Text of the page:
House of Commons Hansard #56 of the 40th Parliament, 3rd Session. (The original version is on Parliament's site.) The word of the day was post.

Topics

Health
Oral Questions

11:55 a.m.

Oshawa
Ontario

Conservative

Colin Carrie Parliamentary Secretary to the Minister of Health

Mr. Speaker, our main concern was to ensure the health and safety of Canadians before allowing the addition of additives such as caffeine to be included in all carbonated soft drinks for sale in Canada. Our health risk assessments conclude that there are no risks to consumers.

We are working with the industry to ensure labels identify all sources of caffeine so Canadians are able to make the best choices for themselves and for their families.

Committees of the House
Oral Questions

11:55 a.m.

Conservative

Rod Bruinooge Winnipeg South, MB

Mr. Speaker, I understand the opposition wants to import the foreign U.S. committee system that is used as a political weapon to bully, intimidate and humiliate opponents by expecting junior employees to come before committee to account for their ministers.

Could the government House leader please tell the House how the government is responding to these tactics?

Committees of the House
Oral Questions

Noon

Prince George—Peace River
B.C.

Conservative

Jay Hill Leader of the Government in the House of Commons

Mr. Speaker, as I have been saying repeatedly, we have a tradition of ministerial responsibility and we are upholding that. Our cabinet ministers not only answer questions in question period but they appear at standing committees to do that.

I would hope that all opposition chairs of these committees, rather than conduct kangaroo courts as they have been doing in the past, actually learn and apply the rules and procedures and not allow opposition MPs of the coalition parties to bully, intimidate and attempt to humiliate these junior political staffers.

Committees of the House
Oral Questions

Noon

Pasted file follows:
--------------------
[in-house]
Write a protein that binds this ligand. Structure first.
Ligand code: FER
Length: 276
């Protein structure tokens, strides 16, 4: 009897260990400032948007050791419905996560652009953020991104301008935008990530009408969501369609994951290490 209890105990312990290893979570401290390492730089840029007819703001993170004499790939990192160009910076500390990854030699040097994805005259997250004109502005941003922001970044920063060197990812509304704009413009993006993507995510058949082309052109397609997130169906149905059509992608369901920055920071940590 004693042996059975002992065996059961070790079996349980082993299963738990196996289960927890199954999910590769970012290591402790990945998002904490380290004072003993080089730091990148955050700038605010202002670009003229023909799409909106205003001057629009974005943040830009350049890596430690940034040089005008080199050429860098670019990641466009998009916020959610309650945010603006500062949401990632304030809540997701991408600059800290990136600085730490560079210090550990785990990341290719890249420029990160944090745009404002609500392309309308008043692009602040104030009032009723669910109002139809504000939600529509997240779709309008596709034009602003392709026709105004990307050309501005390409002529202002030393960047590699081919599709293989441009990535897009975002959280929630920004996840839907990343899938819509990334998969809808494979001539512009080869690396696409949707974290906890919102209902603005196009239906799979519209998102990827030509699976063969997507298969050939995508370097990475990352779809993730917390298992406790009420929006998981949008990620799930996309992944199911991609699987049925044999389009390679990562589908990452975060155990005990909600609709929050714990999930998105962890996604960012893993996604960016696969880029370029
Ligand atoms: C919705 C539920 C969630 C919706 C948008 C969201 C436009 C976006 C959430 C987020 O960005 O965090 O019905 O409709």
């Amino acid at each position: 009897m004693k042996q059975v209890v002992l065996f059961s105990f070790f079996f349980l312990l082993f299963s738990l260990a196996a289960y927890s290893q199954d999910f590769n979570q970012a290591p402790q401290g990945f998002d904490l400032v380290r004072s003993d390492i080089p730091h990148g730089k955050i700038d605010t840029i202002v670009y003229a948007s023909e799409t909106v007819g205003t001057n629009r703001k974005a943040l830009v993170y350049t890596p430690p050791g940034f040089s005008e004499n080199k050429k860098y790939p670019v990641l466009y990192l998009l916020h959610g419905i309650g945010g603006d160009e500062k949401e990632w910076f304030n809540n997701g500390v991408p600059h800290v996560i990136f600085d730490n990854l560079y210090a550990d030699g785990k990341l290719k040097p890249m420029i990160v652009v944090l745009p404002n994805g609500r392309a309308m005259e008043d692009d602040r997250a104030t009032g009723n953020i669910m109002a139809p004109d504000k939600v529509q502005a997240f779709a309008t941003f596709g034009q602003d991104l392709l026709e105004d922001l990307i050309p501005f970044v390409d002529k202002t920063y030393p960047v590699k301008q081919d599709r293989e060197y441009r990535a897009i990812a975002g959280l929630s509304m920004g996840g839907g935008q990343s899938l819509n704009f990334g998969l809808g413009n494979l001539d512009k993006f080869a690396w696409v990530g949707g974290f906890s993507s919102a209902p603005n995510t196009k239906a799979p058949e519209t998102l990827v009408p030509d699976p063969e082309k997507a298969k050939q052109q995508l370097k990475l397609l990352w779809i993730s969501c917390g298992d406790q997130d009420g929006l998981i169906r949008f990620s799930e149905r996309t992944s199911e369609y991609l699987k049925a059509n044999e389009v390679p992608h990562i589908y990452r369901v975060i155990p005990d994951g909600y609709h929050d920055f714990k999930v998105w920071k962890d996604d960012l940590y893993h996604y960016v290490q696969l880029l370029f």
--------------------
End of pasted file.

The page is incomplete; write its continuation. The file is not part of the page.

Liberal

Scott Brison Kings—Hants, NS

Mr. Speaker, Dimitri Soudas is not some demure, naive, vulnerable young staffer. He bullies the press gallery. He muzzles ministers. He speaks for the entire government. In fact, he is paid $150,000 a year to tell all of those ministers every day what they can and cannot say.

Why can he not speak for himself at committee? Why is the government muzzling its chief muzzler?

Committees of the House
Oral Questions

Noon

Nepean—Carleton
Ontario

Conservative

Pierre Poilievre Parliamentary Secretary to the Prime Minister and to the Minister of Intergovernmental Affairs

Mr. Speaker, we have answered that question time and again.

I notice that the member forgot to mention the enormous job growth this country experienced in the last month. That is because he and the coalition parties do not want Canadians to know that through a popular measure of tax cuts and a broad economic action plan we have created over 300,000 jobs.

Now, the Liberal leader threatens all of that with plans to raise the GST, hammer businesses with higher taxes and kill jobs for Canadians. We will not have any of that.

International Co-operation
Oral Questions

June 4th, 2010 / noon

Bloc

Jean Dorion Longueuil—Pierre-Boucher, QC

Mr. Speaker, the Canadian Council for International Co-operation, the CCIC, was forced to hand out pink slips to two-thirds of its employees because its agreement with CIDA ended on March 31.

The CCIC, a coalition of about a hundred organizations working to end global poverty, appears to be the Prime Minister's most recent victim as he attempts to systematically muzzle all organizations that question Conservative policies.

When will the Conservative government stop using public funding as a political weapon to thank its friends and punish anyone who disagrees with it?

International Co-operation
Oral Questions

Noon

Durham
Ontario

Conservative

Bev Oda Minister of International Cooperation

Mr. Speaker, I want to be very clear. This government wants to ensure that its international assistance is actually helping those it is intended to help. This is about making good, responsible use of taxpayer dollars for the best benefit of those living in poverty.

This government has been acknowledged for fulfilling its commitment, unlike the previous government that made a commitment to the starving children of the world and did not fulfill that commitment after signing the food aid convention four years out of seven.

Presence in Gallery
Oral Questions

Noon

Liberal

The Speaker Peter Milliken

I would like to draw to the attention of hon. members the presence in the gallery of the past chairs of the Writers' Union of Canada.